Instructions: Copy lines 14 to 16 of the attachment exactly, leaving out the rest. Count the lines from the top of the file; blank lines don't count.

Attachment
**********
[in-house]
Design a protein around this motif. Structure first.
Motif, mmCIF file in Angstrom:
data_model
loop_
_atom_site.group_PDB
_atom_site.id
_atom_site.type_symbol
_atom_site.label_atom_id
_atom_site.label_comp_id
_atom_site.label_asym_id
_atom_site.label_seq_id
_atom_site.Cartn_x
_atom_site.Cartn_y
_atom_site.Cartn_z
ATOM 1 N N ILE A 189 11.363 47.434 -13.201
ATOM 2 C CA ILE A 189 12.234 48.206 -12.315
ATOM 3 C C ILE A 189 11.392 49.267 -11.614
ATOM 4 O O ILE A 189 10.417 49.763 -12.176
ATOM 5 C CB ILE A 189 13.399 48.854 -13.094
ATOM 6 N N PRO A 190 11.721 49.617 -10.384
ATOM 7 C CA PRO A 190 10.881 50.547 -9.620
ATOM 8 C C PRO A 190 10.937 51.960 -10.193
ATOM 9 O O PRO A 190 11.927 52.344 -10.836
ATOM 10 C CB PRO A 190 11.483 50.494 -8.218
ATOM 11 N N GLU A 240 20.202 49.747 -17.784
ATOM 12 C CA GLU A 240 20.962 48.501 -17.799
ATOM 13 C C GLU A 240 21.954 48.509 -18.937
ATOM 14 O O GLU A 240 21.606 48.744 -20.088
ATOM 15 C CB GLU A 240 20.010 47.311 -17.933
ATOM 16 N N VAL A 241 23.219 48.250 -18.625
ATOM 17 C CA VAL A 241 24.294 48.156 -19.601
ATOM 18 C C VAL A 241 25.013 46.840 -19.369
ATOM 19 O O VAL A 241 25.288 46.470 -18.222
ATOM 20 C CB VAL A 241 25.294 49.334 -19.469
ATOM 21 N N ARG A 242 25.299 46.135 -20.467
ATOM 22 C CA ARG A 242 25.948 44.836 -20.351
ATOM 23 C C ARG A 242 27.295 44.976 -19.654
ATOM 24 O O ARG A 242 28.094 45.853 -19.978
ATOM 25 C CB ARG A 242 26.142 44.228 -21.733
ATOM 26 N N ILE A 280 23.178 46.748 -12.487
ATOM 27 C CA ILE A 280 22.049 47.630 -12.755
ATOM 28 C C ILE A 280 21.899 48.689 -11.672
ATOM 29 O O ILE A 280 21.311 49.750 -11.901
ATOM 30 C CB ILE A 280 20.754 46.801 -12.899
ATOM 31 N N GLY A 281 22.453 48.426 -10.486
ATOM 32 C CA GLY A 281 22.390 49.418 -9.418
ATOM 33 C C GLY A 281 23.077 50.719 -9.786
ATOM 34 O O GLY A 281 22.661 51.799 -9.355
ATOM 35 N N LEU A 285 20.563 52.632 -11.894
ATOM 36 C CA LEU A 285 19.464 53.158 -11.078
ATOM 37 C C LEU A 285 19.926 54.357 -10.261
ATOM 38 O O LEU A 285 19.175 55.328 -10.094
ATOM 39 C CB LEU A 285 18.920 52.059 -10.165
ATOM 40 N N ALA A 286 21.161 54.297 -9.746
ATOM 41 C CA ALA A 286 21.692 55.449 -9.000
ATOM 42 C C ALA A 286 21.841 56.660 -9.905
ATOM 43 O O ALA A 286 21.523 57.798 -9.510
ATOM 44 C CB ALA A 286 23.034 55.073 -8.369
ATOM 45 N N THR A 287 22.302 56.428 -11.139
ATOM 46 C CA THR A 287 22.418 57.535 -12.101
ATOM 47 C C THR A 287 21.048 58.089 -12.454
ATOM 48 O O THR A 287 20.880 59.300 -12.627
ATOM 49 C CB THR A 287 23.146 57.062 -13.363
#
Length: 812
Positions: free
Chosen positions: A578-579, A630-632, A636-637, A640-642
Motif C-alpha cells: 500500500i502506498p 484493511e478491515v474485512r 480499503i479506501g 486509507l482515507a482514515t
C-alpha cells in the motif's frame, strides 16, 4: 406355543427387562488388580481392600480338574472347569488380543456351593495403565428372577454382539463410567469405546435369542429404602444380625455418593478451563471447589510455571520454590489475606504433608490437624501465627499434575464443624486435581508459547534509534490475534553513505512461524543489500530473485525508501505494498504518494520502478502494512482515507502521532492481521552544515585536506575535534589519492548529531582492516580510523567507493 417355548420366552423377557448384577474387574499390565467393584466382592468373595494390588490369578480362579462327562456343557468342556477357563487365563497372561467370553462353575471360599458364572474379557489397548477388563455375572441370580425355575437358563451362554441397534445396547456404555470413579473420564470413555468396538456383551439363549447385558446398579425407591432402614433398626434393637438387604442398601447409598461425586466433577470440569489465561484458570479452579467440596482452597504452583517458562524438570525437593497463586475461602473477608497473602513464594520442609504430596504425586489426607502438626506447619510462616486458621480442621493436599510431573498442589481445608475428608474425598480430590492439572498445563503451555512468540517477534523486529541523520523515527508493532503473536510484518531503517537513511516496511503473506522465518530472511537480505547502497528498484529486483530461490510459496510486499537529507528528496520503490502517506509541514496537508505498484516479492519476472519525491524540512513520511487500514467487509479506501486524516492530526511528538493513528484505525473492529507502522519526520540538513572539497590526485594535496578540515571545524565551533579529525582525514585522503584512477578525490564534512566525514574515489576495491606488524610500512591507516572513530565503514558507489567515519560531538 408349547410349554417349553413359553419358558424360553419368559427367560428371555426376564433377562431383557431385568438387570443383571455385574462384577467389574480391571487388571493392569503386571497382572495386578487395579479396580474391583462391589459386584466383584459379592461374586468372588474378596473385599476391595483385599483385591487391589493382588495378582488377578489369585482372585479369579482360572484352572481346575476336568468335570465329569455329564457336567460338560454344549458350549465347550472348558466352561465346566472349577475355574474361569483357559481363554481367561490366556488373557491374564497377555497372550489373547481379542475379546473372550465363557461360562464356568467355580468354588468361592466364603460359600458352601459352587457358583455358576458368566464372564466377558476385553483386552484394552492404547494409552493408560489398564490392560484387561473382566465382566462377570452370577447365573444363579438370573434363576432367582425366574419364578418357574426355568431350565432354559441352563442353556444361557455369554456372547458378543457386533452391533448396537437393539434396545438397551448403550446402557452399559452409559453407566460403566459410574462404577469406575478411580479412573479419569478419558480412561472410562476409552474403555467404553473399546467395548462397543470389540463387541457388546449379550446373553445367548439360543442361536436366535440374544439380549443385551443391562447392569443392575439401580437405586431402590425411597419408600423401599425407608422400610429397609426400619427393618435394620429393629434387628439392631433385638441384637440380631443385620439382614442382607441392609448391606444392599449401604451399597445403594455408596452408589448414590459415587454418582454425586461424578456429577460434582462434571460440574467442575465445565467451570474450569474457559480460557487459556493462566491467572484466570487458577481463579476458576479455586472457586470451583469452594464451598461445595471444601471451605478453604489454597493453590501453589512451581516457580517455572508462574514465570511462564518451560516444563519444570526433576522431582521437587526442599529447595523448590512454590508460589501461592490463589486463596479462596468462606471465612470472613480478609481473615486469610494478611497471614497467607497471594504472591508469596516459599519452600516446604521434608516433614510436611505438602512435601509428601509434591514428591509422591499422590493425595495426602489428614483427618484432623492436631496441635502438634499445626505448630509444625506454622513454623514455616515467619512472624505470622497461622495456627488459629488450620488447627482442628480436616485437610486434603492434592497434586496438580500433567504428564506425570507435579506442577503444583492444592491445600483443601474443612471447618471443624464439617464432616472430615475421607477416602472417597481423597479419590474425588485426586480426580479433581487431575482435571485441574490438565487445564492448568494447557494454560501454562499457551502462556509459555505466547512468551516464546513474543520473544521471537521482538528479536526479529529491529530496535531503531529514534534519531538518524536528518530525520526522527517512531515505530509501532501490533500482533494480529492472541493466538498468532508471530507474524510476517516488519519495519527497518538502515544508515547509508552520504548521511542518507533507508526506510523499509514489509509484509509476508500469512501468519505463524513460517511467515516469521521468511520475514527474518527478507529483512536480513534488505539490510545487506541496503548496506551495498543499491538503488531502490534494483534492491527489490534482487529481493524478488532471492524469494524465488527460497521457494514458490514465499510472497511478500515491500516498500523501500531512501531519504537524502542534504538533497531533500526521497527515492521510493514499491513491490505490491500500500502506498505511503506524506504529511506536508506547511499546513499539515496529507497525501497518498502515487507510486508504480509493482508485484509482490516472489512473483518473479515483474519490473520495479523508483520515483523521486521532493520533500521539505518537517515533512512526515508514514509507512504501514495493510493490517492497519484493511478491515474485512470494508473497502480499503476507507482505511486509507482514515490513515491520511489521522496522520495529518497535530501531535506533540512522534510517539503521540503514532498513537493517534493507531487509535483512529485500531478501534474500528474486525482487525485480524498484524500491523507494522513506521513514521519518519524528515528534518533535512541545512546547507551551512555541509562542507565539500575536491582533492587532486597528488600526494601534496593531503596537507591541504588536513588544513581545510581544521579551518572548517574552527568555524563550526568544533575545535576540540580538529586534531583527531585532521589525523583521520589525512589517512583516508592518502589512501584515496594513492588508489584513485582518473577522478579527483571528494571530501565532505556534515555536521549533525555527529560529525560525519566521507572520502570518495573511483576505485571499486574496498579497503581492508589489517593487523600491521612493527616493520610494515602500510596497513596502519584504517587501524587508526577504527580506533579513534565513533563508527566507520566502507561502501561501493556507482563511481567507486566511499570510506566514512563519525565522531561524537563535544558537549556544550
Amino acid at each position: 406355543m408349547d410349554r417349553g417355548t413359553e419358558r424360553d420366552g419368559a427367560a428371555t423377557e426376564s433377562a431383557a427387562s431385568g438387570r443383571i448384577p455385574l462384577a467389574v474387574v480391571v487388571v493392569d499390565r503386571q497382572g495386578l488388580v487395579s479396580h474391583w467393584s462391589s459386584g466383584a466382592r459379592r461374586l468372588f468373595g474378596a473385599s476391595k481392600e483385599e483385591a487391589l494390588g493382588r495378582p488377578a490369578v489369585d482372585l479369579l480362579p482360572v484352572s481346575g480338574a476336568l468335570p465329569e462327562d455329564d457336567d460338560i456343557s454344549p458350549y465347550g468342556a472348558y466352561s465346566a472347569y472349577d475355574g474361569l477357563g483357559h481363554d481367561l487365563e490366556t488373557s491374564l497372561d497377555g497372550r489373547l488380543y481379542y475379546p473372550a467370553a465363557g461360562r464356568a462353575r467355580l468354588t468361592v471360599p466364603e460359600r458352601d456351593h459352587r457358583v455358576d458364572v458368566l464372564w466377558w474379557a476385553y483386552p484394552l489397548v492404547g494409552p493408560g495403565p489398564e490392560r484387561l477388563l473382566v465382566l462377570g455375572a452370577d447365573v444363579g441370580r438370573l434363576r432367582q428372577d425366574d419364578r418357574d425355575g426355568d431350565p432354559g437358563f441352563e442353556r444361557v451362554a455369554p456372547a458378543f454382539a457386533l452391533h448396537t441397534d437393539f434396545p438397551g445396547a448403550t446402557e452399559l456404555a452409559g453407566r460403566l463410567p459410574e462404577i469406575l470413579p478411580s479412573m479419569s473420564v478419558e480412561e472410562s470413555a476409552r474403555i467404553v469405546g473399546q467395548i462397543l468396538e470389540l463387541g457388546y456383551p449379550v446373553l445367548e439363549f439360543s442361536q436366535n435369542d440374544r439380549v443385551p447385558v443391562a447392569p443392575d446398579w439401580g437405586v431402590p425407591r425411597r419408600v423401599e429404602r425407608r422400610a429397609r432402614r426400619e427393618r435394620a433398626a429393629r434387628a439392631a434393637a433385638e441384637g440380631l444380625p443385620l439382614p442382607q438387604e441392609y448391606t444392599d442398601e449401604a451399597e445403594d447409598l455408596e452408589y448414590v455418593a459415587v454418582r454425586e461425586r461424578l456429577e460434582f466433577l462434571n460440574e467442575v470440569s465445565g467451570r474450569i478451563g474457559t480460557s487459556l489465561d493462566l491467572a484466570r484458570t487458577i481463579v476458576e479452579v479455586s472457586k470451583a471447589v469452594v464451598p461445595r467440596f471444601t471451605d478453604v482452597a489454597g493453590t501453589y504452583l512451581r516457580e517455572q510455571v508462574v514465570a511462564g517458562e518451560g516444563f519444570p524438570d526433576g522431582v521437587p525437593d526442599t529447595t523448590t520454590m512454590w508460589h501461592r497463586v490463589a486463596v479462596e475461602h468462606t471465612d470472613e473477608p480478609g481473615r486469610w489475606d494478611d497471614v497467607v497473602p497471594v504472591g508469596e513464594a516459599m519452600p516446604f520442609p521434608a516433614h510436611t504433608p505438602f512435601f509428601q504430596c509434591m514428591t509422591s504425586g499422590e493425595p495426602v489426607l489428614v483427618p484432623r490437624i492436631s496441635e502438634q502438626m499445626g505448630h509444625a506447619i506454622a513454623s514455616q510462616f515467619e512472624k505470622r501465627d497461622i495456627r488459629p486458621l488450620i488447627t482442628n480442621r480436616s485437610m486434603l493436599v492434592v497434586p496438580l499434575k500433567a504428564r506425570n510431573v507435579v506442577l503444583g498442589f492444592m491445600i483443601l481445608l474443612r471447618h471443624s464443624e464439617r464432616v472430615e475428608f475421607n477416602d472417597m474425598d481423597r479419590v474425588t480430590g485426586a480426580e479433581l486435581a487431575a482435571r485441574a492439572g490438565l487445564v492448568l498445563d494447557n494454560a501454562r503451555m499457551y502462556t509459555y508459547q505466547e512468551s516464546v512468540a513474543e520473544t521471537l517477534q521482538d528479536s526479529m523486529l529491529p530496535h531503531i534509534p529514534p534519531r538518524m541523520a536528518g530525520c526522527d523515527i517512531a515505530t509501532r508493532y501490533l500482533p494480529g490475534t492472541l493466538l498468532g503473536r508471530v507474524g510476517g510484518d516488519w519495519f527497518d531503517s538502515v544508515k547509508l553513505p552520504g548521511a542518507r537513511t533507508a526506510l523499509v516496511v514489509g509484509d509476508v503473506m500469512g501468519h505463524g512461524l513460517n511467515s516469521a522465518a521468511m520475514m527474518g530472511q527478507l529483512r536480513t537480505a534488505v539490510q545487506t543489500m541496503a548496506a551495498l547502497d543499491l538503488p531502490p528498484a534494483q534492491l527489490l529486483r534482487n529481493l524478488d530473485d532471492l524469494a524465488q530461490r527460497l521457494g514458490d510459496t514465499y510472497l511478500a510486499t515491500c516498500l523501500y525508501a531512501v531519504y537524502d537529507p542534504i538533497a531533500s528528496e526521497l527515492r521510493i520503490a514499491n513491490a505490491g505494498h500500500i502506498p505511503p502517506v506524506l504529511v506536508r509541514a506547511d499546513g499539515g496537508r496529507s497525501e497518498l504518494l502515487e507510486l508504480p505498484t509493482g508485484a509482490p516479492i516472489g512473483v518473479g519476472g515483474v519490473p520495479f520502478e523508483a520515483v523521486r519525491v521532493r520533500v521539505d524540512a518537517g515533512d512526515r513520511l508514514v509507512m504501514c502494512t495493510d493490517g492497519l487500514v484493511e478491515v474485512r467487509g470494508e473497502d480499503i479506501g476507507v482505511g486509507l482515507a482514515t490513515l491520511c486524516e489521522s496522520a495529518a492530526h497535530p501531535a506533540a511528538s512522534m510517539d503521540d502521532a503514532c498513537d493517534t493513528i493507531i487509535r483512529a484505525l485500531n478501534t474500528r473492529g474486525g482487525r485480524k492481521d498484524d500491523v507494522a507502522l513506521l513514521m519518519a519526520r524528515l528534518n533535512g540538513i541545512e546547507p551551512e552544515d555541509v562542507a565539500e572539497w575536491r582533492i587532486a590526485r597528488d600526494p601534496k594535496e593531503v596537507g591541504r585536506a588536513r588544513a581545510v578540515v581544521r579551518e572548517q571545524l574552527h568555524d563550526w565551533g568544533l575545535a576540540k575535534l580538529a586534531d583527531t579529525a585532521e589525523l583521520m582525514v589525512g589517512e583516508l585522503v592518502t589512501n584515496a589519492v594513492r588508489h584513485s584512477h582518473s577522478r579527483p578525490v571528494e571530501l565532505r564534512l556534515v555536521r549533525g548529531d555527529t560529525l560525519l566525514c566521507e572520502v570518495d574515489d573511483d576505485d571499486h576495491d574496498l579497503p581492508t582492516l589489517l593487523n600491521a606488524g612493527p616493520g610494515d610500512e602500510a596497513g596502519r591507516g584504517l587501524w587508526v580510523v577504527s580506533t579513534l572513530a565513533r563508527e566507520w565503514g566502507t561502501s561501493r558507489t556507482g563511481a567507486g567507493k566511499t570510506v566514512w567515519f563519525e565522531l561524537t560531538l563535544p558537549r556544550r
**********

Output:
_atom_site.Cartn_y
_atom_site.Cartn_z
ATOM 1 N N ILE A 189 11.363 47.434 -13.201